MADDEN Sep-30-2008 (560 words) With photo. xxxn
Bishop hopes new initiative can bring peace between U.S. and Muslims
By Carol Zimmermann
Catholic News Service
WASHINGTON (CNS) -- A new report calling for stronger diplomatic relations between the United States and Muslims around the world is a step toward peace, said Auxiliary Bishop Denis J. Madden of Baltimore.
"It offers a very good approach to what can be done" and also stresses that the divide between the United States and the Muslim world is "not as wide as people make it out to be," said the bishop, one of 34 American leaders who produced the 146-page document "Changing Course: A New Direction for U.S. Relations With the Muslim World."
The report was created by the Leadership Group on U.S.-Muslim Engagement, which included representatives from religious, business, military, foreign policy, academic, foundation and nonprofit circles. The group released the report Sept. 24, a day after briefing members of the House Foreign Affairs Committee and members of Congress on its key points.
The project involved 18 months of examining various polls and studies of Muslim and American attitudes and coming up with possible solutions for improving relations, including not only more diplomacy but also a major investment in economic development in Muslim countries that would create more jobs for youths.
The report urges the next U.S. administration to take immediate steps. It calls on the next president to renounce the use of torture and to appoint a special envoy to facilitate negotiations between Israel and the Palestinians.
Bishop Madden told Catholic News Service Sept. 26 that he only became involved in the initiative in recent months but that he was impressed by the work of the committee members and the body's bipartisan nature.
"We all signed off on the document, even though there wasn't always full agreement," he said.
The bishop, who previously served as associate secretary-general of the Catholic Near East Welfare Association and director of the Pontifical Mission for Palestine office in Jerusalem, said part of his involvement included telling the group what Catholic leaders have said about dialogue between Muslims and Christians.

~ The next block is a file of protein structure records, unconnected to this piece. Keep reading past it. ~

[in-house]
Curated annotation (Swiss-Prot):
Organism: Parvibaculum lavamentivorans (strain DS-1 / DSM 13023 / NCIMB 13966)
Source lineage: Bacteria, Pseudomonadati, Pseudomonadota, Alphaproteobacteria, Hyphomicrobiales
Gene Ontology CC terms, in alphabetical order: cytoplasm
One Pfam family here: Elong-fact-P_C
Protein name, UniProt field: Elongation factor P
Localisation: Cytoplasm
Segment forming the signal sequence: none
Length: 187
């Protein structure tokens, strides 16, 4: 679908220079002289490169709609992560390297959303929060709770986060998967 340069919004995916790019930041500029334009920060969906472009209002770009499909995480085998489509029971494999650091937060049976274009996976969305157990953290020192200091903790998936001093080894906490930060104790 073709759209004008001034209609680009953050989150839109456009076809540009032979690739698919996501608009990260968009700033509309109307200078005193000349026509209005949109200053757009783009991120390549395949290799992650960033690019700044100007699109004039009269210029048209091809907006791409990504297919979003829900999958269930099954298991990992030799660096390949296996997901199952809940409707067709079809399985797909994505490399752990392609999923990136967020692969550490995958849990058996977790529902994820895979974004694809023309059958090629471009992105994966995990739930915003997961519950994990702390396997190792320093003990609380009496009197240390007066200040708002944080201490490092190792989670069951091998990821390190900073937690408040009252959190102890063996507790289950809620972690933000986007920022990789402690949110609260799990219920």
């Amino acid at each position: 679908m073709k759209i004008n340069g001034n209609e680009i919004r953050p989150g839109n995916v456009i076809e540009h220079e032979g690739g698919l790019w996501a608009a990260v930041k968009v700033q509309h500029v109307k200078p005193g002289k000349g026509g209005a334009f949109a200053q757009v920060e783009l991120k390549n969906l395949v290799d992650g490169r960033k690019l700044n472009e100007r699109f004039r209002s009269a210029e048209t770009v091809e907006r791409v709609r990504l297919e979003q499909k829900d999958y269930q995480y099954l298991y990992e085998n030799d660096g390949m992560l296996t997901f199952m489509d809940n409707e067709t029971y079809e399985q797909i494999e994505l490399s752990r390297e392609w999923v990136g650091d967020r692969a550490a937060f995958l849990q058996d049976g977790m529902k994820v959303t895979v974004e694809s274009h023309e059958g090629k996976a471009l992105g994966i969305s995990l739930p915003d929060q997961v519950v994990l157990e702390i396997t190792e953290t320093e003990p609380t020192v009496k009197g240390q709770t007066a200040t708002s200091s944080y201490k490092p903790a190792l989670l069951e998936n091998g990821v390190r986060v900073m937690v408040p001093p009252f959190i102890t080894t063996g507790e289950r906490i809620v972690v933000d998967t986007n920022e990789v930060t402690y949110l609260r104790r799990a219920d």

He spoke to the group about Pope Benedict XVI's statement earlier this year that stressed the need for "uninterrupted pursuit of diplomacy in trying to resolve issues." He also quoted Catholic leaders and statements from the U.S. Conference of Catholic Bishops pointing to the need to "listen and learn from each other."
The bishop said the new report "puts Muslim extremism into perspective" by pointing out how people frequently "paint an image of a whole society from an image of one group" that is more extreme.
He said many conflicts in U.S. and Muslim relations have stemmed from religious extremism. It frequently occurs, he said, when terrorists claim a religious basis for their actions, yet they "do not represent the real teaching of Islam."
Bishop Madden said people of both faiths should look to the common aspects of their beliefs, such as "roots in Abraham, the place of high honor for Jesus and Mary in the Quran and ties to the Old Testament that go without saying."
He is hopeful that the groundwork established by the group will now "move forward" through steps taken by U.S. political leaders. The report's committee members will be addressing upcoming congressional hearings. Bishop Madden also hopes they will be invited to speak on the campuses of Catholic universities.
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